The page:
MLB and MGM see eye-to-eye on the potential for the prop bet to enhance that entertainment experience and engage fans, and MGM’s content will reflect that, even in states that don’t allow sports betting. MGM and MLB are developing a free-to-play app for use in states that do not yet have legalized betting, or for use as an intro to betting for those not yet ready to wager real money.

“The idea is to create engaging sports-betting products in a free-to-play environment so people who either don’t want to bet or can’t legally bet can understand what it’s like,” Gersh said. “For us, it’s about engagement with the free-to-play app, so that’s a win, and if it drives people to bet and it creates more engagement, that’s great.”

The free-to-play app is also not without a revenue stream. As Butera often notes, “Fortnite is free-to-play and makes $1 billion per year.”

It’s not surprising, then, that projected league revenues due to legalized gaming are astronomical. A study released in June 2018 by the American Gaming Association and the data analytics giant Nielsen took into account both direct revenue sources from betting operator investments in the leagues through advertising, sponsorship and data fees and indirect revenue sources generated by an increase in the consumption of sports due to betting activity. According to the study, the four major U.S. sports leagues stand to make a combined $4.23 billion per year from legalized betting, with MLB taking home $1.1 billion.

Legalized betting through sports books like MGM, FanDuel and DraftKings is also considerably safer than bets made before PASPA was overturned, when sports bettors were placing wagers all across the country whether they were in a legalized state or not. Bets made through bookies or with an offshore website are inherently dangerous.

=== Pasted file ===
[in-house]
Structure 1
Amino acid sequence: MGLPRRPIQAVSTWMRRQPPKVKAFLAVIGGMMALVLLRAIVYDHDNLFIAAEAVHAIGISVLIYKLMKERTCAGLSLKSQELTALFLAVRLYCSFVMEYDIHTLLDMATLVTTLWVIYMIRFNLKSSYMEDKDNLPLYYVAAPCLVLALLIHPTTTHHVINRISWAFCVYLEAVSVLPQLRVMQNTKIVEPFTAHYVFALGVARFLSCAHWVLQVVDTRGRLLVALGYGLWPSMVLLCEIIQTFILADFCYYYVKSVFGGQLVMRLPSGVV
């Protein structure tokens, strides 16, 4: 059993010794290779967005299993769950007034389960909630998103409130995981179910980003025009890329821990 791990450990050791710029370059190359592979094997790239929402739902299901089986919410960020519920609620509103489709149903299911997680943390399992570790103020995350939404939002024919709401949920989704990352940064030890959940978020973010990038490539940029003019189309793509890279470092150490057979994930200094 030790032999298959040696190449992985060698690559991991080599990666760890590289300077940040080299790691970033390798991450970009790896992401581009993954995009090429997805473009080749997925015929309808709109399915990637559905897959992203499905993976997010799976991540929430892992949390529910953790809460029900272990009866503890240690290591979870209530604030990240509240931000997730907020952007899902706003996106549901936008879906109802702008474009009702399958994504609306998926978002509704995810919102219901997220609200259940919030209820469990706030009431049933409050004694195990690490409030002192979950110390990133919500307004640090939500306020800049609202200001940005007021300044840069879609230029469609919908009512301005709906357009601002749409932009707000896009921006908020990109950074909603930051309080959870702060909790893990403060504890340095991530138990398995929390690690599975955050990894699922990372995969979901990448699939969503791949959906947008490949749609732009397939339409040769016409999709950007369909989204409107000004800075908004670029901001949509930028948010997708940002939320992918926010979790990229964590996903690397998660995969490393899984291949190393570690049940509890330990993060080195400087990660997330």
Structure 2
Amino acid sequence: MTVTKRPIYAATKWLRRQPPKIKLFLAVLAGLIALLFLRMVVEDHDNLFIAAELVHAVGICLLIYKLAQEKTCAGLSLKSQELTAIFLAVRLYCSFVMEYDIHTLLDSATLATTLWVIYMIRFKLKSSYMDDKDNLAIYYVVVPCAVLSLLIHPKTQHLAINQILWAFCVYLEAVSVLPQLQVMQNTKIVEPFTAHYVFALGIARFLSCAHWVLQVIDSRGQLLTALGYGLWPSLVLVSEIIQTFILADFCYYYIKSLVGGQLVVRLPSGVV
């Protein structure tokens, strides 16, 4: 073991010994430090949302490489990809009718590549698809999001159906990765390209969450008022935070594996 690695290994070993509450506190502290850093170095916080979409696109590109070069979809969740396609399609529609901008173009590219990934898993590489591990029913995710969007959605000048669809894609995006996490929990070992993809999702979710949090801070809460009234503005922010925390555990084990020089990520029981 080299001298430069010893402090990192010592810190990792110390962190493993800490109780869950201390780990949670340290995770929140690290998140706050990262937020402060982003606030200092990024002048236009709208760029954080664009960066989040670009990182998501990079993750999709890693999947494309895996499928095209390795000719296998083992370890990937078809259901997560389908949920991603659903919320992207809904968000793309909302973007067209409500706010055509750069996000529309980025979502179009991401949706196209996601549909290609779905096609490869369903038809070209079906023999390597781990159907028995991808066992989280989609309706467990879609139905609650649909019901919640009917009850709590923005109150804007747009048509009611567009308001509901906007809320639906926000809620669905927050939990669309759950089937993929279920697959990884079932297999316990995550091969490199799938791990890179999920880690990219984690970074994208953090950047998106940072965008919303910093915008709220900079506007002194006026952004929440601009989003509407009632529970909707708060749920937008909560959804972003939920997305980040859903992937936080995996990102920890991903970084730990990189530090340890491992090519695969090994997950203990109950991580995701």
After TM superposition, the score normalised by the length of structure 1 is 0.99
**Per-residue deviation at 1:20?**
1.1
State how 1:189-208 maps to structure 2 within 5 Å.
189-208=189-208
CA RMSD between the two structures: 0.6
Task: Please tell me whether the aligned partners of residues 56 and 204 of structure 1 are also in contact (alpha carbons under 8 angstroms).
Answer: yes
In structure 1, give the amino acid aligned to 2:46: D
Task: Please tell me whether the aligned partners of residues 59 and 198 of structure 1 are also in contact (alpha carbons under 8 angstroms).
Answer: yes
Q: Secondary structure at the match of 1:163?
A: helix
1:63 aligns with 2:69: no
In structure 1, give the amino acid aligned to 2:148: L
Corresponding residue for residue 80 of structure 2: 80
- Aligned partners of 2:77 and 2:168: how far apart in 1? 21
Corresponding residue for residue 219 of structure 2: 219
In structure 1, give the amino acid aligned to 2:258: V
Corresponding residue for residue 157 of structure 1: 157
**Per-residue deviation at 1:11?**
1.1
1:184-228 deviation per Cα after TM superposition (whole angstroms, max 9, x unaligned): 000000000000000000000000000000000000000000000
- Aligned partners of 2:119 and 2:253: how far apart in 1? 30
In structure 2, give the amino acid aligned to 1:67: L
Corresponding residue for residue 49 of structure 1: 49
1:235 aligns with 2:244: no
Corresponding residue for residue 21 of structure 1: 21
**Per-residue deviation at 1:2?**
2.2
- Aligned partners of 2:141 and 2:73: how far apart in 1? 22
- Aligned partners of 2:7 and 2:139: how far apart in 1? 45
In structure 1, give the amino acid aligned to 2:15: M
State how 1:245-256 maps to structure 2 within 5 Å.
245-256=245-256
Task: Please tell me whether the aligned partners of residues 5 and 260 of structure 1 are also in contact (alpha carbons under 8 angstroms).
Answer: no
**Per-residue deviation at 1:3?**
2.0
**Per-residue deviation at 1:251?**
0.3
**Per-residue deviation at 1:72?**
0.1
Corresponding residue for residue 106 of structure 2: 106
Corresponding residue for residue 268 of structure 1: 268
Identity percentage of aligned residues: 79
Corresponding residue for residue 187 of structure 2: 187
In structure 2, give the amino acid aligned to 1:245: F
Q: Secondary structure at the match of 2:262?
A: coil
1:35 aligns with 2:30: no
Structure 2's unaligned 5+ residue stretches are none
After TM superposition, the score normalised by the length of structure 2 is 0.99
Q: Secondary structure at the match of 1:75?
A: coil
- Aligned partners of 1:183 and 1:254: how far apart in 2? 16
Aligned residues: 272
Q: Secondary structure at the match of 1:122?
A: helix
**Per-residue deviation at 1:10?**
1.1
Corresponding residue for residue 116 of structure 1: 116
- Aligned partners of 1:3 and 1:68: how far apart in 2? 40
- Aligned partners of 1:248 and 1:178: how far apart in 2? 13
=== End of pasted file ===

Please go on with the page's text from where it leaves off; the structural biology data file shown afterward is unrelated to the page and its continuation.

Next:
“A legal betting marketplace provides a guarantee of the financial stability and suitability of the betting company,” sports betting attorney Daniel Wallach said. “There is no recourse for a bettor with a bookie or an offshore sports book if the company goes belly-up or the bookie disappears. And there are infinitely more consumer protections to safeguard bettors and to identify and help those who are getting in over their heads.”

Legal sports books also monitor the kind of suspicious activity about which MLB is most concerned: anything that could indicate the outcome of a sporting event has been influenced in some way. “If we normally take around 200 bets on a particular event, and all of a sudden we’re taking 1,000 bets and the handle is $10,000 instead of $800, we look into it straight away,” FanDuel director of trading John Sheeran said. FanDuel has been monitoring their European betting markets since 2002.

Like all of the other licensed sports books operating in the U.S., FanDuel monitors every single bet they offer and any sign of an integrity issue is raised immediately within the company and brought to the attention of other operators, state regulators and the governing body of the involved sport. “We know what it looks like,” Sheeran said. “We are very much aware that any bad news in terms of integrity is not just bad news for the leagues. It’s also bad for us and bad for legislation on a state-by-state basis.”

For now, it is a waiting game for MLB and its fans as the states work through their legislative processes and make their decisions about the extent to which they will legalize sports betting, if at all. “I think we are in the second inning of a nine-inning game in terms of what sports betting is going to look like in this country,” Seeley said. “I think a lot of people thought after the Supreme Court opinion that we would quickly advance to the sixth and seventh inning, but we just haven’t. Will the later innings be faster? I think they’re likely to be, because states look at what other states have done.”